Main Article Content
Background: In educational research, online survey has become one of the most popular methods of data collection. Academic researchers, including faculty and students, expect and require a good response rate to their research projects for reliable results.
Purpose: In this paper, the authors examine a wide range of factors related to survey response rates in academic research. Examples include email checking habits, survey design, and attitudes toward research.
Setting: An online survey environment
Intervention: Not applicable.
Research Design: A cross-sectional quantitative research method was used to analyze the factors that influence participants’ email survey response rate. Data were collected at a single point in time. The authors did not directly measure changes that come over time in this study.
Data Collection and Analysis: After receiving the Institutional Research Board’s approval, the researchers distributed the survey via the American Educational Research Association (AERA) Graduate Student Discussion List subscribers. A sample of 454 responses was used in the final analysis-- with a 78.9 % response rate. The authors used descriptive statistics (percentage, average mean) and inferential statistics (chi-square and correlations) to report the data analysis and findings.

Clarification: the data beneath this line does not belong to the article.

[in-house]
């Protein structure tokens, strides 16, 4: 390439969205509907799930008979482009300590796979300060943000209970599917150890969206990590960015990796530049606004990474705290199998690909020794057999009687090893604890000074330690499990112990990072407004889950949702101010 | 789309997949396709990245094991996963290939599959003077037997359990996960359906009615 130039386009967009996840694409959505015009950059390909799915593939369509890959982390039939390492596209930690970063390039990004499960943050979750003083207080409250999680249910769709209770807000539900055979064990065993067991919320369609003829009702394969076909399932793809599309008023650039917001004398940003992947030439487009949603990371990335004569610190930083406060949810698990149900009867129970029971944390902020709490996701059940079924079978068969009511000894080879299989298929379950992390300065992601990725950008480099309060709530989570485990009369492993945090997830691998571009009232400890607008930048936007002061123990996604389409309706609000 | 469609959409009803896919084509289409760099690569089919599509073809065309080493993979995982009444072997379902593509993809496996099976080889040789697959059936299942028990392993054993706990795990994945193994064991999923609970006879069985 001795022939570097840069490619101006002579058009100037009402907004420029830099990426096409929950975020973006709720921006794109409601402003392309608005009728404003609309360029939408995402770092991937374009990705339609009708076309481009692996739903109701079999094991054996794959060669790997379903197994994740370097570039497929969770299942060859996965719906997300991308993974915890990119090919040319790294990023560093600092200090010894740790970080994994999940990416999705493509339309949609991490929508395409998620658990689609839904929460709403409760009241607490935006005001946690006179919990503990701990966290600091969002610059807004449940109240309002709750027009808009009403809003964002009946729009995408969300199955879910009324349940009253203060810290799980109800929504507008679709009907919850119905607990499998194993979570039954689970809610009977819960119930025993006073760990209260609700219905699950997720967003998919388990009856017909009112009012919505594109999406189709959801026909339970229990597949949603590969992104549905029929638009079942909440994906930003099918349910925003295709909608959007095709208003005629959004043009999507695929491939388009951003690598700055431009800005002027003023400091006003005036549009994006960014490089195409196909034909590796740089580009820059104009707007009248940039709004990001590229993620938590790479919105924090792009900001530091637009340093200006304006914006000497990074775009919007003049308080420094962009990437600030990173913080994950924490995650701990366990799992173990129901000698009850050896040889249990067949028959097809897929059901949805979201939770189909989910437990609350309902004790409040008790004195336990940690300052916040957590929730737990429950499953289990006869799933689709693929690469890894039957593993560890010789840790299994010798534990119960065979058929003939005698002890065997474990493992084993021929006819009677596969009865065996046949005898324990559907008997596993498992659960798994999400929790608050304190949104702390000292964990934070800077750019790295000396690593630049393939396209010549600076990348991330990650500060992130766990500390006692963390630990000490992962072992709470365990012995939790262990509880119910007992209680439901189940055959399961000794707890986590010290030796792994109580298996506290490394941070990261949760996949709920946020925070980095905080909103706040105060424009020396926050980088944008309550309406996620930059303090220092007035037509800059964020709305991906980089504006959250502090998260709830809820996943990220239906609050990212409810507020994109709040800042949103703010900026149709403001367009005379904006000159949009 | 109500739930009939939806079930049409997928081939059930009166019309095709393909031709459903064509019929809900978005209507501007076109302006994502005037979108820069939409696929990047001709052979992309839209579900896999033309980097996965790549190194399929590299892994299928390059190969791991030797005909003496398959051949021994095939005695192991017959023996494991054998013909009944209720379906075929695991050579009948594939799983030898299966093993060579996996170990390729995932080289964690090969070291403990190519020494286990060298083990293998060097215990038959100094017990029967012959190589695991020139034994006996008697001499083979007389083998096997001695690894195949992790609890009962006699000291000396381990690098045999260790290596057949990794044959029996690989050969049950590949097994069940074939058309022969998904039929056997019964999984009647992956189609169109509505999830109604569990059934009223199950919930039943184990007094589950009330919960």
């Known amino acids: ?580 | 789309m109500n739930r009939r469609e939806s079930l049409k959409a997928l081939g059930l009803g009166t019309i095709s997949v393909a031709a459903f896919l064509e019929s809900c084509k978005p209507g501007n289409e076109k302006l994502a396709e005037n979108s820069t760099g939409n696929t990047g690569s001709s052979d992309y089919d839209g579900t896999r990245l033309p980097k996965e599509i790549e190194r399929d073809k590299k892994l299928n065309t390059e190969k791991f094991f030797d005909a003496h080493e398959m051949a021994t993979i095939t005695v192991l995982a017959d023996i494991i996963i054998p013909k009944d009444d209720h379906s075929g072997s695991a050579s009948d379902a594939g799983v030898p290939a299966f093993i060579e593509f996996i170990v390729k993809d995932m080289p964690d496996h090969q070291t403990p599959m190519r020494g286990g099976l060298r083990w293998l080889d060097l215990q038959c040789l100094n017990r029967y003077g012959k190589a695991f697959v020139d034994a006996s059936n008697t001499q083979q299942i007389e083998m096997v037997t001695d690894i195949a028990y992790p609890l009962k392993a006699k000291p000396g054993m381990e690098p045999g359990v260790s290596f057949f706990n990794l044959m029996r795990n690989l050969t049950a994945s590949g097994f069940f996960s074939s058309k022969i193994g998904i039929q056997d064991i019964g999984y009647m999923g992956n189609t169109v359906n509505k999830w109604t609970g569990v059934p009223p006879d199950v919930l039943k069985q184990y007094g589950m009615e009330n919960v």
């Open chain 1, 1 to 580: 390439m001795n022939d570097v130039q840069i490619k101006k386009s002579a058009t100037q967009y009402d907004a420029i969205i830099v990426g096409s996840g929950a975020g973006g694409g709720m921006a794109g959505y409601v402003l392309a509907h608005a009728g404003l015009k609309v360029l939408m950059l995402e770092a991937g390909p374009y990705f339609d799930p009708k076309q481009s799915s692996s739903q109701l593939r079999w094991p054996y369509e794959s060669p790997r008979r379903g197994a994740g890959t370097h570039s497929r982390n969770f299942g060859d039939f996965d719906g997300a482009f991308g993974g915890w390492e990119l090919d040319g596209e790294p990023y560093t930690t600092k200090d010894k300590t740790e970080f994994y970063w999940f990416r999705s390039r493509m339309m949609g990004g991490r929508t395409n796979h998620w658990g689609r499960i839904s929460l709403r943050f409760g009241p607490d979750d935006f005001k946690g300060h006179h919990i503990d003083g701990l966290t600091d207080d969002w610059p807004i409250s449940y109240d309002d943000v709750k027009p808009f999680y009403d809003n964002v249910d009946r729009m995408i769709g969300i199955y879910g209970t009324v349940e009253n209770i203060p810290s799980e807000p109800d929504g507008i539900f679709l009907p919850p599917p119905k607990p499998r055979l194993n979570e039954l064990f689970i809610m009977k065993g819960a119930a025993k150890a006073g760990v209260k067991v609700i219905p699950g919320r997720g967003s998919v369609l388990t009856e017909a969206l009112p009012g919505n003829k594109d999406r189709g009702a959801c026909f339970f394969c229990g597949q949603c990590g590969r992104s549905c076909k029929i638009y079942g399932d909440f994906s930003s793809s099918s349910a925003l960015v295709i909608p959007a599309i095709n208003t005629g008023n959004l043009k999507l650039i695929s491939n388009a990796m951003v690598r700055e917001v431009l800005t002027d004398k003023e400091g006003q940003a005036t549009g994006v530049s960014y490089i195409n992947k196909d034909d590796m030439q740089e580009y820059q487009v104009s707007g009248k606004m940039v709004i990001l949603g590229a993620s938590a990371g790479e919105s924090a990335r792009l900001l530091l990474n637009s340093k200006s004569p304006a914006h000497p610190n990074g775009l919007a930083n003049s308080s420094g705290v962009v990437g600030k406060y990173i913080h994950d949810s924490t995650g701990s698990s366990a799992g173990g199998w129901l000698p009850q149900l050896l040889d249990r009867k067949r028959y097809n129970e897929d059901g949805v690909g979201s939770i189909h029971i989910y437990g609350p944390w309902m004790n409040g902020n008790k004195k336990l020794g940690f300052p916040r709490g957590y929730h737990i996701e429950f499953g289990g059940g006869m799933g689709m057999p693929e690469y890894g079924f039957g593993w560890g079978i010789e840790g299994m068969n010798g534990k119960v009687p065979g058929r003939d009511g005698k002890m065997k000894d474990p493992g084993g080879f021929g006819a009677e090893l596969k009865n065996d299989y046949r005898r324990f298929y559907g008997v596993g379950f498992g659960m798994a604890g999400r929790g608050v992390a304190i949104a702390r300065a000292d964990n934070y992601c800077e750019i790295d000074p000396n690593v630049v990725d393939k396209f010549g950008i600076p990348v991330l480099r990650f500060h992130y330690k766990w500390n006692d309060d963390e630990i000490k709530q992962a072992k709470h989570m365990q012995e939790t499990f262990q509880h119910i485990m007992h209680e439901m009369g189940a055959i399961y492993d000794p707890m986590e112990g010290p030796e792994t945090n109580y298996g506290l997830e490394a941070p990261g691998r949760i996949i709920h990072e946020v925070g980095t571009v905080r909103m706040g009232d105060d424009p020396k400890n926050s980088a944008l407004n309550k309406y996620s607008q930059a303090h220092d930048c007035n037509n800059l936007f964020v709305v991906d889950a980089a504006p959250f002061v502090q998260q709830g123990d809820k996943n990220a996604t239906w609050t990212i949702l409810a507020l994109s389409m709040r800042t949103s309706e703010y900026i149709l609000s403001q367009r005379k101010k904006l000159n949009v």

Findings: Results indicated that research survey response rate was highly influenced by interests of participants, survey structure, communication methods, and assurance of privacy and confidentiality. The findings also suggested that male participants were more likely to respond to surveys if they received a reminder, and older participants were more likely to respond if they were promised a reward.
Keywords: academic research; education graduate students; online surveys; postal surveys; survey response rate
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